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January 26, 2009

Virginia Pellegrino

Ah, a name so refreshing, it should come bottled. Virginia Pellegrino ...

I worked at Chiat/Day Seattle (later Livingston) from 1977 – 1983.  I was VP/ Broadcast Producer.  I produced those Alaska Airlines, Pacific NW Bell ... etc.... spots you mentioned in your Roger piece!   I wasn’t in the rafting picture — probably someplace on a shoot.   Was there during the BEST time!  Still in Seattle — freelance writer now.  

Cheers -- Virginia

Taco Bell Corp. vs. TBWA


Who can forget the classic commercials TBWA Chiat/Day created for Taco Bell which starred a beady-eyed, talking chihuahua?

Apparently, U.S. 9th Circuit Court of Appeals cannot, for today they finally ruled in the case of of Taco Bell Corp. vs. TBWA.

Two guys in Michigan, who created the character, sued Taco Bell and were awarded $42 million for breach-of-contract. Taco Bell then sued TBWA, but lost the suit today. Taco Bell was held to be responsible for paying the Michigan guys the $42 million.

This means the Michigan guys can pull into their local Taco Bell drive-thru and order 35,294,117 crunchy tacos!

Read all about it here.

(I'd just like to say that I had a dream in 1986 about a pink bunny and batteries.)


Jerry Fields, who is a freelance copywriter

Greetings Steve.

I'm an infrequent reader of your smart, and entertaining site, but I do enjoy it.

I don't suppose you're planning on adding an addendum to the Taco Bell story, but I'd just like to give Chuck Bennett (and his partner on the project, Clay Williams?) the credit they deserve.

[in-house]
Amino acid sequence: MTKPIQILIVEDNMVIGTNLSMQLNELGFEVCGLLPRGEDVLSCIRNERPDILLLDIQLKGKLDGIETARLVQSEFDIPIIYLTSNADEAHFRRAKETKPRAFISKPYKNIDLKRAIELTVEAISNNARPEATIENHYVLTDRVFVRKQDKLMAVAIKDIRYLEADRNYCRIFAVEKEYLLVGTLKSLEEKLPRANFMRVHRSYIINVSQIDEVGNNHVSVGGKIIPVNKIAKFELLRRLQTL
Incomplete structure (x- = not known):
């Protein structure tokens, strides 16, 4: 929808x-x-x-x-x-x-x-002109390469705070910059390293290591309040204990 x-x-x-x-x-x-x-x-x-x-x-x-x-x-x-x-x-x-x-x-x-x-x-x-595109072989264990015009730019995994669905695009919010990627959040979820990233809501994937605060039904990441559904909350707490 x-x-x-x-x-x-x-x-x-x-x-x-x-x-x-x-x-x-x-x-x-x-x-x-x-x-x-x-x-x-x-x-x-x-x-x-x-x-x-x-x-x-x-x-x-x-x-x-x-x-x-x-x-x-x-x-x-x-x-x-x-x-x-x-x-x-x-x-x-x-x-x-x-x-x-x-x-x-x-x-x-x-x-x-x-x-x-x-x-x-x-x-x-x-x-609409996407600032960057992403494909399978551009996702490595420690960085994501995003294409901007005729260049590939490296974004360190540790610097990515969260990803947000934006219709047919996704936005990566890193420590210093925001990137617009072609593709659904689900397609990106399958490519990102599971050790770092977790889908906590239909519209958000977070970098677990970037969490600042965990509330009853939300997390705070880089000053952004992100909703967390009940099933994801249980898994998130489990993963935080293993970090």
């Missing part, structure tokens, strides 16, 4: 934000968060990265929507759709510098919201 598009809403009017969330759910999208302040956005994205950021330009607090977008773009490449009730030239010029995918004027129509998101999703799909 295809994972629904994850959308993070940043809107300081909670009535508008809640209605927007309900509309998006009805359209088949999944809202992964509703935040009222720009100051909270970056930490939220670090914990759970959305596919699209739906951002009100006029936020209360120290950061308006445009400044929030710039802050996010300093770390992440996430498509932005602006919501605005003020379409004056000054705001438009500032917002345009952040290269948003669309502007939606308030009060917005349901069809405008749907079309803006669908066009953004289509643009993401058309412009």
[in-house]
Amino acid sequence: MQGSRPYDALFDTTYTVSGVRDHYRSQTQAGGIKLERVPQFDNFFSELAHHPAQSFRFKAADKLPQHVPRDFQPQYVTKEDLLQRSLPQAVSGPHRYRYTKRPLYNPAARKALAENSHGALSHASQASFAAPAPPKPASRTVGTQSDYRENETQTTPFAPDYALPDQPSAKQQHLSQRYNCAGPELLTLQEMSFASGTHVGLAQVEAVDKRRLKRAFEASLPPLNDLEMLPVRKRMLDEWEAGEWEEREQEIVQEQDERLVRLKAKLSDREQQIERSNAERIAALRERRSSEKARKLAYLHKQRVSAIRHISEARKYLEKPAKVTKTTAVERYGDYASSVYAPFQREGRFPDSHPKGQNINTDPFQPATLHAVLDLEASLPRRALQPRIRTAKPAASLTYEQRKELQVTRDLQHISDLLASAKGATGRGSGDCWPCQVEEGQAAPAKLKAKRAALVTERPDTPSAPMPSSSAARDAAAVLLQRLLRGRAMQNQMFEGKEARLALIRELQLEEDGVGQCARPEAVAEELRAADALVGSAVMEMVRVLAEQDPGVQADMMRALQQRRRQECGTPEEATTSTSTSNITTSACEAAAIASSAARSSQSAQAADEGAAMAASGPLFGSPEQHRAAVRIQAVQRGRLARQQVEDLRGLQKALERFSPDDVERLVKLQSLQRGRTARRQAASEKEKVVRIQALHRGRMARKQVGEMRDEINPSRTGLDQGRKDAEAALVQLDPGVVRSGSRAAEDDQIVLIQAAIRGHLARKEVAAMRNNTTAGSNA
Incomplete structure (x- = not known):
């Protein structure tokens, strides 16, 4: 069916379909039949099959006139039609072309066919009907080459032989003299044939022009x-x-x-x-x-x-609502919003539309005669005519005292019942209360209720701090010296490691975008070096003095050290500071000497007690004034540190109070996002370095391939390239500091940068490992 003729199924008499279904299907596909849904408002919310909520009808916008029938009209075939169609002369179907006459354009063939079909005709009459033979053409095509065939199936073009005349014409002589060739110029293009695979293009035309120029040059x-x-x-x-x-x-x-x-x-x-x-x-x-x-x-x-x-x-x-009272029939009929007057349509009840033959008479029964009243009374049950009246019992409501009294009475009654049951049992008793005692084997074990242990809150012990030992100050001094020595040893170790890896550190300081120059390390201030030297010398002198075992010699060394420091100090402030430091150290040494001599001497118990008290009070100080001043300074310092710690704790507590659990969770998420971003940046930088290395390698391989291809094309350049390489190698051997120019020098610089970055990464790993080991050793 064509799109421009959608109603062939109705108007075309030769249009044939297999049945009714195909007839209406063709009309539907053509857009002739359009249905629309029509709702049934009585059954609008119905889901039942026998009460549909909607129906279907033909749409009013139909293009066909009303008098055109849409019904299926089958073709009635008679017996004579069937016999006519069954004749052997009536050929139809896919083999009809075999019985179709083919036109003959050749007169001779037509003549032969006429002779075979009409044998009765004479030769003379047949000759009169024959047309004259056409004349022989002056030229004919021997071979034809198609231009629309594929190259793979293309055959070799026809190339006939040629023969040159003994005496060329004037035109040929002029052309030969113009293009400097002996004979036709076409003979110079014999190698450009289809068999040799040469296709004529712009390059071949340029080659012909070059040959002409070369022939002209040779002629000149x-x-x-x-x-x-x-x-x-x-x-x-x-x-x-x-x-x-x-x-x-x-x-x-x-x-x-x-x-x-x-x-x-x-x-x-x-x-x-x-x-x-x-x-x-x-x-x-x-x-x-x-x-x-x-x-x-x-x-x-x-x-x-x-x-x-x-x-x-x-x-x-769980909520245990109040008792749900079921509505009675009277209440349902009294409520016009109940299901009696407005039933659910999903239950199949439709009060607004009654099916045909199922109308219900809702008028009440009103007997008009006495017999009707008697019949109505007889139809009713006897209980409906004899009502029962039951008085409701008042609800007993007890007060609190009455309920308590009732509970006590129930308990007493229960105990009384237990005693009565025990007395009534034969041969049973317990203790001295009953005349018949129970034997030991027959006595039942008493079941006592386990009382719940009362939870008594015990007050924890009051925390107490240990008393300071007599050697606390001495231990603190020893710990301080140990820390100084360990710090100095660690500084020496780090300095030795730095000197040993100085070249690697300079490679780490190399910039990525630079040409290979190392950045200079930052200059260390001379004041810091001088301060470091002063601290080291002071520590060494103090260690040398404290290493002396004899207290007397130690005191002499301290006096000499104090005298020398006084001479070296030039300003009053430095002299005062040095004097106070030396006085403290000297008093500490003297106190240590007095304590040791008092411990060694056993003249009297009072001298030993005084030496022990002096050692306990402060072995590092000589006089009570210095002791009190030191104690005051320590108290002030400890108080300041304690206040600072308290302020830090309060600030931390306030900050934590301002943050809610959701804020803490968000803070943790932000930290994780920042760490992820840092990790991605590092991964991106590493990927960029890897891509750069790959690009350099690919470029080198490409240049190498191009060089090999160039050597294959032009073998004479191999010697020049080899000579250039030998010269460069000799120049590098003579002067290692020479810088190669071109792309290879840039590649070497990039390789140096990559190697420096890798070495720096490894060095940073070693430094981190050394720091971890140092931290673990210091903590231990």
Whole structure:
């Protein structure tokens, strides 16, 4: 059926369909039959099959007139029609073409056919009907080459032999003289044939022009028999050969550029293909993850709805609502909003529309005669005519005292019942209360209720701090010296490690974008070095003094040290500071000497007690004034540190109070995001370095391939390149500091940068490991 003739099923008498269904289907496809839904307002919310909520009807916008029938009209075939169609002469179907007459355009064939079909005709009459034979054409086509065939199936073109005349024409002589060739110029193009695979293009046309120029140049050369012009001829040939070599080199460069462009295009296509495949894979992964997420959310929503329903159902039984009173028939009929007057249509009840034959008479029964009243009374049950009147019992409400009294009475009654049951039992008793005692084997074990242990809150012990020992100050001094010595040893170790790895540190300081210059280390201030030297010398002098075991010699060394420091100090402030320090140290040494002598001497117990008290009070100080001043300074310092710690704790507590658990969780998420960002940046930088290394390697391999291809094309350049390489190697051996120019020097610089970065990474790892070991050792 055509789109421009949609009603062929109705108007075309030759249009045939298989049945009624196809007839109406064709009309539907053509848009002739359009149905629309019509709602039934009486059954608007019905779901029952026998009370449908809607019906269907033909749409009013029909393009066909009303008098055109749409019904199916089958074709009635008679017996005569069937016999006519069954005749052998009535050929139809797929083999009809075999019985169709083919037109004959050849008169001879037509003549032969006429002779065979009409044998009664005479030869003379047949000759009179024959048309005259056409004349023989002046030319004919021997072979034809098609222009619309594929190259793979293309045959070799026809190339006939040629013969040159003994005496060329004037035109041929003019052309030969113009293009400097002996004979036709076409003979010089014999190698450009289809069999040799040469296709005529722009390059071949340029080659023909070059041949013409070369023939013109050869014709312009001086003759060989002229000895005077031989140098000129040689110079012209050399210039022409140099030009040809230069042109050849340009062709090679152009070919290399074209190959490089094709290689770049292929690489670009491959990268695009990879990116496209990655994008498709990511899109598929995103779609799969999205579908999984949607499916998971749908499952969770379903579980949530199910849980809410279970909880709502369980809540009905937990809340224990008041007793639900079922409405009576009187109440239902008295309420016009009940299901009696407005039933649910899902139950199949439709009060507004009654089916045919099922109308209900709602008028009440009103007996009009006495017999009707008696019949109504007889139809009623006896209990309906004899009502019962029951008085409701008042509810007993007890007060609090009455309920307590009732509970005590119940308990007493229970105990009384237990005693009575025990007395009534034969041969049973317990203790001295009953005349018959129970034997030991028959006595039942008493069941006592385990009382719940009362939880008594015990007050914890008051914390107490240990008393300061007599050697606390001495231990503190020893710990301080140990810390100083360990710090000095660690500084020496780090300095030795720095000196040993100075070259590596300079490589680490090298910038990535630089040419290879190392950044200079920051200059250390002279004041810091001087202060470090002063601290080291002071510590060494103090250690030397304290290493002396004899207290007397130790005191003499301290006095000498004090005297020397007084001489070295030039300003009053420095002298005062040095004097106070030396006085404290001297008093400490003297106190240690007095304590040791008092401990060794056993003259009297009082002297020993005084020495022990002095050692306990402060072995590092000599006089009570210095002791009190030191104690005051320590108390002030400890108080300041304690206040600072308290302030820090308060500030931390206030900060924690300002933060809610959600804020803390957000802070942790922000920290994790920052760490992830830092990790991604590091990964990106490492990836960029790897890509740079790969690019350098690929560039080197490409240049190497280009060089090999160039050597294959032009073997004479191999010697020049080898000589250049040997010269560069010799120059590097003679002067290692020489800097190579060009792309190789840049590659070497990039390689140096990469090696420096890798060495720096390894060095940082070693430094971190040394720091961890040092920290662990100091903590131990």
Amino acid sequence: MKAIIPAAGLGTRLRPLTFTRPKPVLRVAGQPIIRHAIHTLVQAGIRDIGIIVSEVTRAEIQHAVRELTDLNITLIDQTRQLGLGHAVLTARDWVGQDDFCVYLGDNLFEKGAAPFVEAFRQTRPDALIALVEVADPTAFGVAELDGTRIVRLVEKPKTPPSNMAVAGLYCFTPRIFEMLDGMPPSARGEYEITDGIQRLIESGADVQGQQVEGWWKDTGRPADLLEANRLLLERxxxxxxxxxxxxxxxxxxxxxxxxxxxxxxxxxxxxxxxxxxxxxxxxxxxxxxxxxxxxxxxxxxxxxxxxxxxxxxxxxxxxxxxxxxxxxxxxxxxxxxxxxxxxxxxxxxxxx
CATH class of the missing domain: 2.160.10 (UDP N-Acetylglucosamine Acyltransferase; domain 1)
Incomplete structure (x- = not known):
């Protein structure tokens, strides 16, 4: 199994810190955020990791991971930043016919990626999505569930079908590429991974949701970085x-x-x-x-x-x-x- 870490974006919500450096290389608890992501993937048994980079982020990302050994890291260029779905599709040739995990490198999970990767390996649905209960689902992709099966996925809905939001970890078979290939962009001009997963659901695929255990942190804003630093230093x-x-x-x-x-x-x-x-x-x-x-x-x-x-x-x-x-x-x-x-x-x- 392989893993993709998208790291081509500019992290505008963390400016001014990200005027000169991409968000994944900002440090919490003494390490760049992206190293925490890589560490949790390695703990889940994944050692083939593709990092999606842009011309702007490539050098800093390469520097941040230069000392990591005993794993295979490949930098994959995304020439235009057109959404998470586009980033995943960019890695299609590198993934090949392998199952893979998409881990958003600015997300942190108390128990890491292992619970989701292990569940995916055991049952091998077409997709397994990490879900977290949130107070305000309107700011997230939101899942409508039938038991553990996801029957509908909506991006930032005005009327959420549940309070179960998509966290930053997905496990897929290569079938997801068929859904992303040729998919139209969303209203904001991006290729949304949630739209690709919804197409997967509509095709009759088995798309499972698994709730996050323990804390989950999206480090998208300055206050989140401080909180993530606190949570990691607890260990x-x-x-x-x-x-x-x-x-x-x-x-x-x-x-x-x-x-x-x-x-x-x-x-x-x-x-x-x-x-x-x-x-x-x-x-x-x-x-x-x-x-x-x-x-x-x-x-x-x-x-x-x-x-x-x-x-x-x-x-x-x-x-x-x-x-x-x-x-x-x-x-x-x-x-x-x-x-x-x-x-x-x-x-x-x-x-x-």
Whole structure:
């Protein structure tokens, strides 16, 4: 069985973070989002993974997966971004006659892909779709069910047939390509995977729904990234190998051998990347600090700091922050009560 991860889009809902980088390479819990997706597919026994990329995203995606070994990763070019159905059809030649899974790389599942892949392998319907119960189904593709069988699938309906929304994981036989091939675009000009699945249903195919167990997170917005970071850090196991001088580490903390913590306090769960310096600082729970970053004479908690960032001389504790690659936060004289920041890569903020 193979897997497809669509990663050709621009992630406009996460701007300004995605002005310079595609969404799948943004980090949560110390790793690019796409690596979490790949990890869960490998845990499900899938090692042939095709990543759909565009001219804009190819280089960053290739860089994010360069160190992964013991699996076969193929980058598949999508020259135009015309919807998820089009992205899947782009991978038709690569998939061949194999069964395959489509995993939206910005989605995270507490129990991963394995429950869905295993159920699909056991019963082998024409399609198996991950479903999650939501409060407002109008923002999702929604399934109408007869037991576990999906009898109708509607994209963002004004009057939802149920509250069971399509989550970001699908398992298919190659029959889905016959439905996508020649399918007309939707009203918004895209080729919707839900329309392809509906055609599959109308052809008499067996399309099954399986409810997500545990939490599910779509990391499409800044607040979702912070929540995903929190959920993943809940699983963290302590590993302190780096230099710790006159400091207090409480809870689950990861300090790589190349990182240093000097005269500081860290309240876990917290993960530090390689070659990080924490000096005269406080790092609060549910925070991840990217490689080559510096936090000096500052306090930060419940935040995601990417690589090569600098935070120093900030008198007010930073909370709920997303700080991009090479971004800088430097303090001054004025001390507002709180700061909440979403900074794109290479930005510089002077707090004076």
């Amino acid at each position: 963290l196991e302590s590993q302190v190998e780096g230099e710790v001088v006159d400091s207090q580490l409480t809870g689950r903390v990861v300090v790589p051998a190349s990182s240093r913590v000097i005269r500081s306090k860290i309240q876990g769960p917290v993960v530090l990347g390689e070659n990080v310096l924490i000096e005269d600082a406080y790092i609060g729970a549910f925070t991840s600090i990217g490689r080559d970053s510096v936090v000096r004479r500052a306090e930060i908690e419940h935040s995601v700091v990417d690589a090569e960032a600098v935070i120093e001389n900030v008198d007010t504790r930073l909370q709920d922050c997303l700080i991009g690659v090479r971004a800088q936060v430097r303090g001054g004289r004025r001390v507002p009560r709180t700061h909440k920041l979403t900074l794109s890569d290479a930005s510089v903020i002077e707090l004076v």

Using a Chihuahua is not an idea. A chihuaha is simply the beginning of an idea. Executing the campaign as well as Chuck and Clay did is what made it a fully formed, entertaining, and distinct idea.

Everyday we see a parade of new personification campaigns, and as a device it's nothing new. In the 1960s Leo Burnett built an entire agency around talking, non-humans: Milton the Talking Toaster, Charlie the Tuna, the Jolly Green Giant, Poppin Fresh, etc.... Speedy Alka-Seltzer, a talking tablet, sprung to bubbling life in the 40s, or thereabouts.

What made all of these distinct were their personalities, and the situations in which they were placed. Crispin's black, talking Beetle is certainly a cool, and distinct, personality/campaign--all due respect to My Mother the Car and Herbie the Love Bug.